A de-regulated labour market would also go a long way to rewarding those workers who were productive, whilst at the same time culling the lazy, unproductive troublemakers. And of course making the possibility of stalled concrete pours, and secondary boycotts of any company a thing of the past.

  11. tomix

    There has been an unwritten rule that Melbourne building companies not toeing the union line won’t get block deliveries or concrete deliveries. They can place an order, but it will never be filled.

    Borals new management wants to change that, and good luck to them. http://www.theage.com.au/comment/how-a-rogue-union-is-damaging-our-business-20140209- 329sf.html

  12. ar

    ACCC… surely there’s another C in there?

  13. Dave Wane

    It is incredible that we still have all this corrupt, thuggish union activity taking place. Only a massive dose of FREEDOM in the market place, and especially in the labour market can put the union bludgers and parasites out of the picture. Private property should mean exactly that, and individuals should be free to negotiate with employers without silly bloody “awards” and without union thugs intimidating them. Until freedom is available to all Australians, this nonsense will continue forever.

  14. Alan, thanks for the link to your paper with Julie on cartels. I will have a look at it tomorrow.

    Much of what future for price surveillance was about the instability of cartels see http://www.pc.gov.au/__data/assets/pdf_file/0007/65707/psasub94.pdf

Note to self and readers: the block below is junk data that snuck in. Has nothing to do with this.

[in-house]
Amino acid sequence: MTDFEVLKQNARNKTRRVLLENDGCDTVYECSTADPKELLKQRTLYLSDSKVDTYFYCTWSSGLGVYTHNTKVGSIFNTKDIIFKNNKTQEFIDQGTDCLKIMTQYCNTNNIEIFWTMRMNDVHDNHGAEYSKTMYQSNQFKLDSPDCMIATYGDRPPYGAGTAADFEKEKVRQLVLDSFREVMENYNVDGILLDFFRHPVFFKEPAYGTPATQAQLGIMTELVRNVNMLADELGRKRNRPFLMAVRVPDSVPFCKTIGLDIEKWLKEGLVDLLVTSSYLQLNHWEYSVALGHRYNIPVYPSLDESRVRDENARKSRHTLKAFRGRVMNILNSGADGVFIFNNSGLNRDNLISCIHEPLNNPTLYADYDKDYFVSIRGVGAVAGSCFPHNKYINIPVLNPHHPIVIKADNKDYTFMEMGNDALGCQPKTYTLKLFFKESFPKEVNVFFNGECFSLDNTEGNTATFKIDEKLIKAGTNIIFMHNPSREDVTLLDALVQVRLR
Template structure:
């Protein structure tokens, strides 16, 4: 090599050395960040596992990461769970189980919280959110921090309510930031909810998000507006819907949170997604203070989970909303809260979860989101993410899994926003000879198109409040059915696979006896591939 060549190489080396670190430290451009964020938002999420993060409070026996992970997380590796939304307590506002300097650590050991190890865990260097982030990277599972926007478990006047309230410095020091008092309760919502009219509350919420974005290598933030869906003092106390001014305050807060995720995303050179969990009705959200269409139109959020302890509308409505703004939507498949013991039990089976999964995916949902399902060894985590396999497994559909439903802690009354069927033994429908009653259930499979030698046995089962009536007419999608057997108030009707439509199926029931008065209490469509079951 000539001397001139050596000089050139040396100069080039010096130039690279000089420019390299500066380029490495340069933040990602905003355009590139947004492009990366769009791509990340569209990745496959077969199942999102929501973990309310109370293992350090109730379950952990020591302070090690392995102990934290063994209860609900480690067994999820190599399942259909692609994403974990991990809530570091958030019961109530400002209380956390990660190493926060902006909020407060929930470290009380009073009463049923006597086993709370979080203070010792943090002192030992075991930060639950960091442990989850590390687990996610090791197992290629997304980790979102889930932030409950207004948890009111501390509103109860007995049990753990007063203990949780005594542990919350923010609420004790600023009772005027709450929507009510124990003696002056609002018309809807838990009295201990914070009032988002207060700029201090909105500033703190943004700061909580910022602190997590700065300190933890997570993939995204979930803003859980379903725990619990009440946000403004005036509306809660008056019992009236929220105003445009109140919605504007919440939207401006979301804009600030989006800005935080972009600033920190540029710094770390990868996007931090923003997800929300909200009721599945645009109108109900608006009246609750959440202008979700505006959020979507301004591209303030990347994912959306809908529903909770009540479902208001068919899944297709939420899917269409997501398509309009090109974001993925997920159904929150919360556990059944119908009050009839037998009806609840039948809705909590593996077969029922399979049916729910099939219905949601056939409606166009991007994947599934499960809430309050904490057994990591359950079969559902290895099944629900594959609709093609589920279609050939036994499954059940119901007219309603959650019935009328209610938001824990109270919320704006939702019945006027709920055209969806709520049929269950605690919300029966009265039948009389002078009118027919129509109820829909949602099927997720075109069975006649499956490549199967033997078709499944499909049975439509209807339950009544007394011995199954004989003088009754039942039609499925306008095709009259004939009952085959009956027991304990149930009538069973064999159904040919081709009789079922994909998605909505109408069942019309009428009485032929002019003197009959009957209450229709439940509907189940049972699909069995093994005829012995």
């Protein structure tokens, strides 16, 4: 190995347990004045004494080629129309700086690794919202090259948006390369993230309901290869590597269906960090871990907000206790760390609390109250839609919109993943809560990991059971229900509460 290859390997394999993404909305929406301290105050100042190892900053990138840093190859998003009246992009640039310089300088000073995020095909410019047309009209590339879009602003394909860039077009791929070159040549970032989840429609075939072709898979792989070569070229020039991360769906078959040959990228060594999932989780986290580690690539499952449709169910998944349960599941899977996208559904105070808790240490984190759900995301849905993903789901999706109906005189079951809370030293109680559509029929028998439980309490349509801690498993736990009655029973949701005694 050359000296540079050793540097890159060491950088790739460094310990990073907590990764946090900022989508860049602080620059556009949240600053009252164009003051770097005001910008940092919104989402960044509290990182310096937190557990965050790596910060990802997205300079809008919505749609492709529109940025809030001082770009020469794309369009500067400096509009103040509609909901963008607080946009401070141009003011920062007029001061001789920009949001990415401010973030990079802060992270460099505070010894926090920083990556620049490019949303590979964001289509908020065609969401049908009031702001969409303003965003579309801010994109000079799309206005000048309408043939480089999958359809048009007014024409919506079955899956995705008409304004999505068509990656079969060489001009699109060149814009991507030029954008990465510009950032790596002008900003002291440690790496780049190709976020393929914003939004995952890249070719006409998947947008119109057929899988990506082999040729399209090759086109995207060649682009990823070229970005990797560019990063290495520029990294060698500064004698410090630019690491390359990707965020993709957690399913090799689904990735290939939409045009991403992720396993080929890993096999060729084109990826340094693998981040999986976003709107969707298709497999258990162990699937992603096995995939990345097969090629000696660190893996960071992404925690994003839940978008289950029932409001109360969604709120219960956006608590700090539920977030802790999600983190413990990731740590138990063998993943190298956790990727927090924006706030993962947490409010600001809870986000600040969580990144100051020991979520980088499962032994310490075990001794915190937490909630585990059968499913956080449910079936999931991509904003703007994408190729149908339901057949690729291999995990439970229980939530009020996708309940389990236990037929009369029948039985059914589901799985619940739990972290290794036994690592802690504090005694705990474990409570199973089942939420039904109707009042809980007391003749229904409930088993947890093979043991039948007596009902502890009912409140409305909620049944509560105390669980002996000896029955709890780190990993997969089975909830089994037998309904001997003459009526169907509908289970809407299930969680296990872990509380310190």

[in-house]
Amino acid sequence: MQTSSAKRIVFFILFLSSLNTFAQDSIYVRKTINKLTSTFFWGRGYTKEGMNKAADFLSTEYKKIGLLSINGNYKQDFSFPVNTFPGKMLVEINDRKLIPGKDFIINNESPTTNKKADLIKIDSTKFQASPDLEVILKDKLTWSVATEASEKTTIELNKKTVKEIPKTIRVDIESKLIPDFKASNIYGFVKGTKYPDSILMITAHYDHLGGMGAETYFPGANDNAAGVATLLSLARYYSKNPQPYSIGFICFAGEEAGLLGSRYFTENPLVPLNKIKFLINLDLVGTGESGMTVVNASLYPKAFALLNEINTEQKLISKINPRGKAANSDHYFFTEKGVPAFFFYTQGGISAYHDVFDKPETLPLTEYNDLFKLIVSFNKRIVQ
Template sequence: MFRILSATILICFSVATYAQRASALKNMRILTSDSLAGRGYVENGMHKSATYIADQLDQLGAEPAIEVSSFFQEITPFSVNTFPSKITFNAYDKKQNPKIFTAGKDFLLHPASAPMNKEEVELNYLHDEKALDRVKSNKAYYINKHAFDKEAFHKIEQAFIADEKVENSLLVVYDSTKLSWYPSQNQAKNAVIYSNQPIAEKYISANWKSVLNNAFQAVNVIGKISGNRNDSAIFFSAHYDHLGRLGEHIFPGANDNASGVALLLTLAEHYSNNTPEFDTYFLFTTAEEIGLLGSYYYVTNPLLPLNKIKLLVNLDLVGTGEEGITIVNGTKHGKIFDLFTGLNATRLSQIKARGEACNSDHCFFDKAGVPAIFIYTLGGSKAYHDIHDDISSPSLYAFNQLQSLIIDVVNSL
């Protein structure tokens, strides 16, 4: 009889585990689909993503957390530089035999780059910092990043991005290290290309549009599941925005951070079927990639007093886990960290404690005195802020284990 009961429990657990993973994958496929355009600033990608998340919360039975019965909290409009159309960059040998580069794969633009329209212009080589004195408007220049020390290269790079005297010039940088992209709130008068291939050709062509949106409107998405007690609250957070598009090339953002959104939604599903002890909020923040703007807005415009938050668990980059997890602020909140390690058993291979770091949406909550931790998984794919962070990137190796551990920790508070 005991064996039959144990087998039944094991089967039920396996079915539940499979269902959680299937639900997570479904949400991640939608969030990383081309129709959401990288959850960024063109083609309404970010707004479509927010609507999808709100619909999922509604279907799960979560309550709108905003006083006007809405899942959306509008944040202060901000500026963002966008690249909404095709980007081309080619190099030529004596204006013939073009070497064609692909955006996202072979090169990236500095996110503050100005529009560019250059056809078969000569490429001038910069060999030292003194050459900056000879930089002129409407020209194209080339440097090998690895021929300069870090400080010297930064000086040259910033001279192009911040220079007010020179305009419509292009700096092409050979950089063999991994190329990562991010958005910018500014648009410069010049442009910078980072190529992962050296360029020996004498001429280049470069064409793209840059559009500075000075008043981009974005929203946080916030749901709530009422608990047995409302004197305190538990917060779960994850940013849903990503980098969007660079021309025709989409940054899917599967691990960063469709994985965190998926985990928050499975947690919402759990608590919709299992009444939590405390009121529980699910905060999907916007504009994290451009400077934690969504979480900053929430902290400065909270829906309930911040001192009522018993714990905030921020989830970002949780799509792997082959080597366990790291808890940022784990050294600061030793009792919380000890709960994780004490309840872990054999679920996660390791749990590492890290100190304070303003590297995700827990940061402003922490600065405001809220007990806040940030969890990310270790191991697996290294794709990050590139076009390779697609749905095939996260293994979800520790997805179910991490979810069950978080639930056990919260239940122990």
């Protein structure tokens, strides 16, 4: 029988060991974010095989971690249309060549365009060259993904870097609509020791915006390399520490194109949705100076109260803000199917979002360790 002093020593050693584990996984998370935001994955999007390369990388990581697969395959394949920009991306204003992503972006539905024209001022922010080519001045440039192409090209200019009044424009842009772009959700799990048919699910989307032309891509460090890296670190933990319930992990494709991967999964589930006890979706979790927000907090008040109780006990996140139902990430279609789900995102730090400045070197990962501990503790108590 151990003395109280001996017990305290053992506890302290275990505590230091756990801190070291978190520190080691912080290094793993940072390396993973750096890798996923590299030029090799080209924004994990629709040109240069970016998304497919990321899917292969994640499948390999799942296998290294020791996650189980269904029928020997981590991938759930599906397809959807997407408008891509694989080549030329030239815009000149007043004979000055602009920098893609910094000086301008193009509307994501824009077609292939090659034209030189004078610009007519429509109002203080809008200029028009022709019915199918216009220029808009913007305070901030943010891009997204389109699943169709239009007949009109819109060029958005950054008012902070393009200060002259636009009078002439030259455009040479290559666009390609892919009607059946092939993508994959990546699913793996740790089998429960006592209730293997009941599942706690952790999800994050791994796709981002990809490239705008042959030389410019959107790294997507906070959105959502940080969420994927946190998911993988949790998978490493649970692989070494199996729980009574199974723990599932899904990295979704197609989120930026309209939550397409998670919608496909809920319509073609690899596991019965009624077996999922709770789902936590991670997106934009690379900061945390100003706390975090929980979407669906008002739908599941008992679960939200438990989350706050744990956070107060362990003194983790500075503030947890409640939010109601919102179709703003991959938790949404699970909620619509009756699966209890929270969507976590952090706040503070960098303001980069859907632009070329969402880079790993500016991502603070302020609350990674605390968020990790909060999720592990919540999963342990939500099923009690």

15. Andrew

    I’m assuming the average non-Cat has no idea this goes on and thinks the RC is just an attack on workers (sic) by Abbott666 on orders from Murdoch666 and Rinehart6666.

    Is it possible that there will be decent meeja coverage and the average low info voter will say “WTF?? THAT was what the ALP was defending??”

    Or will this just be reported as “A666 dismantling unions so that Workchoices”?

  16. I am the Walrus, koo koo k'choo

    Yes this ‘see no evil’ response from the ACCC is pathetic.

    However I am not in the least surprised. The hippies have taken over, and such valuable institutions as the rule of law and freedom of speech are being sacrificed in favour of privilege to unions and minority groups.

    Yes Dave let’s have a great big dose of freedom! These parasites can only thrive in the thickets of bureaucracy.

  17. motherhubbard'sdog

    It should be open to Boral to pursue their case in the courts, independently of the ACCC. They should get pretty good representation for $400k a week.

  18. Empire Strikes Back

    Shut it down.

    We already pay for a body to enforce and prosecute federal laws. It’s called the AFP.

Comments are closed.